democrats-plan-vote-to-advance-biden’s-$3.5-trillion-package

WASHINGTON — The House makes an early return from its August recess Monday as Democratic leaders seek to string together the votes to advance President Joe Biden’s $3.5 trillion economic package, a centerpiece of his agenda.

Speaker Nancy Pelosi’s plan to move the bill in tandem with the Senate-passed infrastructure legislation is threatened by a rebellion by moderate Democrats, who have insisted that the $550 billion infrastructure bill get a speedy vote and be signed into law before they consider the larger piece.

Over the weekend, Pelosi, D-Calif., sought to placate those moderates by setting an Oct. 1 target to pass both bills.

“Any delay to passing the budget resolution threatens the timetable for delivering the historic progress and the transformative vision that Democrats share,” Pelosi wrote in a letter to colleagues late Saturday.

“In support of President Biden’s vision to Build Back Better, we must move quickly to pass the budget resolution this week,” she wrote. “It is essential that our Caucus proceeds unified in our determination to deliver once-in-a-century progress for the children.”

Democratic leaders hope to approve a “rule” Monday that sets up a vote, most likely for Tuesday, on the budget resolution, which would instruct committees to write a $3.5 trillion package of expansions of the social safety net and tax increases on upper earners. It can pass both chambers without any Republican support.

The rule has three parts: the budget resolution, the Senate infrastructure bill and the John Lewis Voting Rights Advancement Act, which would require states with recent histories of discrimination to get federal “preclearance” to change voting laws.

But it isn’t clear that Pelosi has the votes to pass the budget resolution yet. She can lose only three Democratic votes before the measure collapses. Nine moderates led by Rep. Josh Gottheimer, D-N.J., have repeatedly insisted that the infrastructure bill must be voted on first. Other centrists who didn’t sign his letter — but who share his goals — have been negotiating privately with Pelosi’s team.

Pelosi wants to pass both bills simultaneously, in part because many progressive Democrats say they won’t vote for the infrastructure package unless it is linked to the $3.5 trillion legislation.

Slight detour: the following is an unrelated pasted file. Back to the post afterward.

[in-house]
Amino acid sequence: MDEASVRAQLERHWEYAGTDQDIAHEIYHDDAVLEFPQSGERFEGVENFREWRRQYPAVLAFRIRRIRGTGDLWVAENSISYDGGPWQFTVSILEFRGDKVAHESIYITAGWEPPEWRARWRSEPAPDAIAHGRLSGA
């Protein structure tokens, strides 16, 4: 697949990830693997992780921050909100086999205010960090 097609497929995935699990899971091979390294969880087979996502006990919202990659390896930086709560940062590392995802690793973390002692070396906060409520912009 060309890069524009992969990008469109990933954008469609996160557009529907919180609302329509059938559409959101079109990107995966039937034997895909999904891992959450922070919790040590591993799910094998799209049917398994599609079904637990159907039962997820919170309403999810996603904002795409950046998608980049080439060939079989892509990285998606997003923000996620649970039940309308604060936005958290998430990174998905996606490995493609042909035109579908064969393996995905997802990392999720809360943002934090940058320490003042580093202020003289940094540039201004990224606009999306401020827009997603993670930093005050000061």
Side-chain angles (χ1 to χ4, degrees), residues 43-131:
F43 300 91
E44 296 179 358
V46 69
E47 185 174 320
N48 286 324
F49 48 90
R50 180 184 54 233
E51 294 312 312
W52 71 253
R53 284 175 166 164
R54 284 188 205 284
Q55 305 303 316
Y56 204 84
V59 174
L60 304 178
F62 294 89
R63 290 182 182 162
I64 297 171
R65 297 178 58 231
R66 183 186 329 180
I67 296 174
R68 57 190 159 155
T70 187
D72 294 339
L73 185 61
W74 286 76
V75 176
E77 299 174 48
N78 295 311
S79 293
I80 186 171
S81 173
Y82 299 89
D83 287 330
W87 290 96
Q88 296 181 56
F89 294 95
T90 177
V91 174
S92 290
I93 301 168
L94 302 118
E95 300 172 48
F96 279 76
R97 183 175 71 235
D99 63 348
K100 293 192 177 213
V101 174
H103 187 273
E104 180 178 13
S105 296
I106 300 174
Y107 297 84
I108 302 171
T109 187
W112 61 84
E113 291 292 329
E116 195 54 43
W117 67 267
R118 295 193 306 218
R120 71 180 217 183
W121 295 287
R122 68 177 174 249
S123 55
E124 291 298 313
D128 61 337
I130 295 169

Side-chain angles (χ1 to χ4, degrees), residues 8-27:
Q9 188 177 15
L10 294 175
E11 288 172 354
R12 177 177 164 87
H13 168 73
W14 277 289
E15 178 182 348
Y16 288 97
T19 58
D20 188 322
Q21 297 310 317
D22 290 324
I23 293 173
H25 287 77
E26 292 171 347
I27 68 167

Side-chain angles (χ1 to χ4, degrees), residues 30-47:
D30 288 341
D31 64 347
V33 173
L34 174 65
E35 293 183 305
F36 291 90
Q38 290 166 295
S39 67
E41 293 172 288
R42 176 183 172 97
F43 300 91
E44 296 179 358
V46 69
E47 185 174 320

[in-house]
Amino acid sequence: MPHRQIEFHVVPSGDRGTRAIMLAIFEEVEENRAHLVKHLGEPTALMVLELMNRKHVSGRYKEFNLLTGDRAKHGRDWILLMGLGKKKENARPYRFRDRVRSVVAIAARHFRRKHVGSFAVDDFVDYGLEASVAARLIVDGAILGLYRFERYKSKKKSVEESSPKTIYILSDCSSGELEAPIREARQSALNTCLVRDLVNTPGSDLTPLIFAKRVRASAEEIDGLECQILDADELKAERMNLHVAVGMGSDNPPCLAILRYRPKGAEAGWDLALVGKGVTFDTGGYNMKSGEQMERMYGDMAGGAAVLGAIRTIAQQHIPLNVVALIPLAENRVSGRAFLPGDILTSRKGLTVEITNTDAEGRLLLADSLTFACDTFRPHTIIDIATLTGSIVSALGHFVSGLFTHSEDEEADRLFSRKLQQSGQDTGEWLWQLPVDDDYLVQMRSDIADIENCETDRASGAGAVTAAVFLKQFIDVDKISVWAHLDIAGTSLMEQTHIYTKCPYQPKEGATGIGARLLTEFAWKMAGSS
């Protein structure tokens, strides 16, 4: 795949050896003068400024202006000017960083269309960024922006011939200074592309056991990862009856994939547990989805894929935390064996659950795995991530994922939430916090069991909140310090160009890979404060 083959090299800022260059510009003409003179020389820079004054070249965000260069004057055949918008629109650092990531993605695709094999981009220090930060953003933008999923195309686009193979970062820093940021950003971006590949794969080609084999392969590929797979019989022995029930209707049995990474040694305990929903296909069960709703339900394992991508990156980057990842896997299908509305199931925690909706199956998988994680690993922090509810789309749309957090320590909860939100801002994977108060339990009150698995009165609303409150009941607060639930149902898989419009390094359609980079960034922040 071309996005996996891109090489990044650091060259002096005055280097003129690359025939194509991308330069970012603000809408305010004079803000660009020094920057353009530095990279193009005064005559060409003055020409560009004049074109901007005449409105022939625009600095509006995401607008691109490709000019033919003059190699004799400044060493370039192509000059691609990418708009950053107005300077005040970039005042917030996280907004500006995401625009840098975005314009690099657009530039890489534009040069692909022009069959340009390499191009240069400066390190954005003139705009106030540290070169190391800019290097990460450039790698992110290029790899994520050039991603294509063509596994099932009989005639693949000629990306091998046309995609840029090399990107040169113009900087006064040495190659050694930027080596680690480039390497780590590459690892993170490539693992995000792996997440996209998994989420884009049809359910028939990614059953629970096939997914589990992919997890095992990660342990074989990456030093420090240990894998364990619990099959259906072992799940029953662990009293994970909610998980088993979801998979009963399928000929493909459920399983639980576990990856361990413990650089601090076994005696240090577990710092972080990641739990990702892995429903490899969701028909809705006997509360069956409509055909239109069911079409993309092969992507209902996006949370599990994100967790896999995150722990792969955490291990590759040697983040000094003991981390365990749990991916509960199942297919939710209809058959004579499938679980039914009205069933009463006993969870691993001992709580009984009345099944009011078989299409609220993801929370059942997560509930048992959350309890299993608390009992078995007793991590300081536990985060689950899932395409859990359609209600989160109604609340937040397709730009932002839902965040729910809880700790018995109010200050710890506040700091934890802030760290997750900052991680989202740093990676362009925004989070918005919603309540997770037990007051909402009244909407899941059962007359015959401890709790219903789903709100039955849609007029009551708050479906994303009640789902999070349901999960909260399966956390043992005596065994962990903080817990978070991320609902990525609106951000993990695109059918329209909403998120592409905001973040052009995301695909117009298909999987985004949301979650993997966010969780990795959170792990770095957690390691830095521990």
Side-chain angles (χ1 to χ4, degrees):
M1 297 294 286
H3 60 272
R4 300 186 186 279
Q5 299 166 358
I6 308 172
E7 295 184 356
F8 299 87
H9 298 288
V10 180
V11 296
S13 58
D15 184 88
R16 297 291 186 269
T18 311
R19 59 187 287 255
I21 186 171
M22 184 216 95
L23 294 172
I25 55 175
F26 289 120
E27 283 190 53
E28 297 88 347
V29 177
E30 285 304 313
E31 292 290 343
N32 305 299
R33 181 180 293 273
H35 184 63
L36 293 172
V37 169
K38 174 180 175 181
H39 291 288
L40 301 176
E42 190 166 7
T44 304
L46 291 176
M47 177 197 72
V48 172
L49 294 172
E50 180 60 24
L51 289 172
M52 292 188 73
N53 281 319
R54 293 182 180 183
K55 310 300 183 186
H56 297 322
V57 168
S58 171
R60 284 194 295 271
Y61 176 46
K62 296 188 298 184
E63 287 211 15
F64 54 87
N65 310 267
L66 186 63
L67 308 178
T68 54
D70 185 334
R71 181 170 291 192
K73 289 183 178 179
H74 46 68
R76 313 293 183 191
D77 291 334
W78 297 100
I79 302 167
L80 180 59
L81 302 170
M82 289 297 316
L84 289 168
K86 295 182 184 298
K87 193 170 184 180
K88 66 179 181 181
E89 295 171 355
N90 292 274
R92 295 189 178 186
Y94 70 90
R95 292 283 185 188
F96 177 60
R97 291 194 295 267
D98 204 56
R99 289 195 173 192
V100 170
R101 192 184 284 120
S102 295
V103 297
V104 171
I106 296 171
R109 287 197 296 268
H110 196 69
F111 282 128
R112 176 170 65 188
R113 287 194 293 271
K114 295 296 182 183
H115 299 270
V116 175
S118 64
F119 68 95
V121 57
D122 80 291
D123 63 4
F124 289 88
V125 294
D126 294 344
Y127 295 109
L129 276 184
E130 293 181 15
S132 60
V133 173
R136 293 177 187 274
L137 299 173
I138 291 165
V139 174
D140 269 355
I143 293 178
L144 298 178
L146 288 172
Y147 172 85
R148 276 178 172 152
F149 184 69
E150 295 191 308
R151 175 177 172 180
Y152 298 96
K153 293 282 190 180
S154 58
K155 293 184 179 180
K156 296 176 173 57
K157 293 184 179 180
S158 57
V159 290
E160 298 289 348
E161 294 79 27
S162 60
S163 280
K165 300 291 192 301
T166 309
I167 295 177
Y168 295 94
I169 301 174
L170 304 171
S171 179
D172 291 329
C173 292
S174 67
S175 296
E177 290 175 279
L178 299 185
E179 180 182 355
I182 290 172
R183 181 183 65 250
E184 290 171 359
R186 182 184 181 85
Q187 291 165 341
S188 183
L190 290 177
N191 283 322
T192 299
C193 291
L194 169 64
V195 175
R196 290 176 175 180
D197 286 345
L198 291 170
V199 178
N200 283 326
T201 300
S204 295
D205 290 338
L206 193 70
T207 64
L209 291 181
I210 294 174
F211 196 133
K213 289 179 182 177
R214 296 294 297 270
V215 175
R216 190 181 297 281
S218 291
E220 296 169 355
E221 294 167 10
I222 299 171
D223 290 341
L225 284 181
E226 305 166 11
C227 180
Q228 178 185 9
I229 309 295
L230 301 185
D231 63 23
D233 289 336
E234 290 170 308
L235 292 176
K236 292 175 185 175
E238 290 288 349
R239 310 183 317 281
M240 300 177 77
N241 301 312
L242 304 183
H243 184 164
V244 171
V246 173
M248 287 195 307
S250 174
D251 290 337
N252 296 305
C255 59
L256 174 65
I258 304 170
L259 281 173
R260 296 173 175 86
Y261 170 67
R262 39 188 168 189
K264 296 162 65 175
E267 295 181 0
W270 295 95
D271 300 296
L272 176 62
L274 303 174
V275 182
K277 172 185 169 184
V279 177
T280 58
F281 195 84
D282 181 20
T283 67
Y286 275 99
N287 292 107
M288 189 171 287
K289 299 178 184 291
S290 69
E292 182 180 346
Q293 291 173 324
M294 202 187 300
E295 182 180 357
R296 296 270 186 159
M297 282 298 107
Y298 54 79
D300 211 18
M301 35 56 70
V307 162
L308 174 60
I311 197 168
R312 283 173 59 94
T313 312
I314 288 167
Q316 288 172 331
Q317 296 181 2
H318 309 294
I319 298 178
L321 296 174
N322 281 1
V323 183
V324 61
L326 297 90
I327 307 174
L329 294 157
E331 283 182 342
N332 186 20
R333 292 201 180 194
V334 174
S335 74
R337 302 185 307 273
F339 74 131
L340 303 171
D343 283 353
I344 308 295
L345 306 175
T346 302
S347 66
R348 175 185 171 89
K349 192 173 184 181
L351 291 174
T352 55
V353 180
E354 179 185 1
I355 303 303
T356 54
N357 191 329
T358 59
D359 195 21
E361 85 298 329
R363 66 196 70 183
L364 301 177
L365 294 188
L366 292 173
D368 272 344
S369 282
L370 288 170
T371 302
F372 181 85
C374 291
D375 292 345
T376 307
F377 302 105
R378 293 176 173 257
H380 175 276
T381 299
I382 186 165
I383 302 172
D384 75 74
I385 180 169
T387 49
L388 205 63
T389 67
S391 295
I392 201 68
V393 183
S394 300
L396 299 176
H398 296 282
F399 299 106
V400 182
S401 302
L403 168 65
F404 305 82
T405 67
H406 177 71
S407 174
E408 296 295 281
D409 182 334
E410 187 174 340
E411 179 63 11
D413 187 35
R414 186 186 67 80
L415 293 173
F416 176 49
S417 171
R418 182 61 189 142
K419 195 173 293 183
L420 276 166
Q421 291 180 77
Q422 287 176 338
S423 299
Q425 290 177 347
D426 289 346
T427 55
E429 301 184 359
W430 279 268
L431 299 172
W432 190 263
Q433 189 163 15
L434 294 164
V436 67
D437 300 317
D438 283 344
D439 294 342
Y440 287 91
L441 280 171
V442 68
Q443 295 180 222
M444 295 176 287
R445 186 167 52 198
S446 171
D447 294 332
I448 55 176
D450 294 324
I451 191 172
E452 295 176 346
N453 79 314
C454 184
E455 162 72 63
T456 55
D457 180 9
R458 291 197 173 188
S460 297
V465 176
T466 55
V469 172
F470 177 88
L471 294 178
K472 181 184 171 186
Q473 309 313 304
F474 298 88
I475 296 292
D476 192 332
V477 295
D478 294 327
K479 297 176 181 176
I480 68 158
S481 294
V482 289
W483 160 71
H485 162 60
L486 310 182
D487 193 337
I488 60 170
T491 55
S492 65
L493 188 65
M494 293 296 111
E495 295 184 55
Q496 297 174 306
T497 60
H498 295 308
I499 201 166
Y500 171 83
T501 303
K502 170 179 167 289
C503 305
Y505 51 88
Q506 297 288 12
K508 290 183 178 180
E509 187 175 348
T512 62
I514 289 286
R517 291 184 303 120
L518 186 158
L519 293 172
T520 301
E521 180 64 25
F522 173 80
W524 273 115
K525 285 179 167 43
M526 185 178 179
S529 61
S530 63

That process has frustrated moderates.

“The idea that somehow holding that infrastructure bill hostage is going to quell that debate is just bananas,” said a Democratic aide associated with the moderate wing of the party. “It just doesn’t make sense in terms of how these members operate.”

Biden faces criticism, some of it from senior Democrats on Capitol Hill, about his handling of the U.S. withdrawal from Afghanistan. It is unclear whether that will get in the way of passing his domestic agenda, which will require pressure on reluctant lawmakers under the party’s narrow majorities.

“I’m not concerned,” said Faiz Shakir, a longtime adviser to Sen. Bernie Sanders, I-Vt., the Budget Committee chair, who is overseeing the crafting of the larger bill.

“A president has enormous responsibilities, but you have a large team to help you get it done. I’m confident he and his administration have the ability to walk and chew gum,” Shakir said. “Whether it’s Afghanistan or the domestic agenda on building back better, all we’re talking about is fulfilling the pledges he campaigned and won on.”

The stakes are high for Biden’s presidency and the future of the Democratic Party, which hopes to campaign on the infrastructure and budget bills in the congressional elections next year.

“I don’t know how this is going to play out in the House with the so-called centrists. Are they going to continue to stand up to the president, or are they going to fall in line?” said Jim Manley, a lobbyist and former Democratic leadership aide. “I’m not quite sure what the endgame is here, but I learned a long time ago not to bet against Speaker Pelosi.”

Sahil Kapur is a national political reporter for NBC News.

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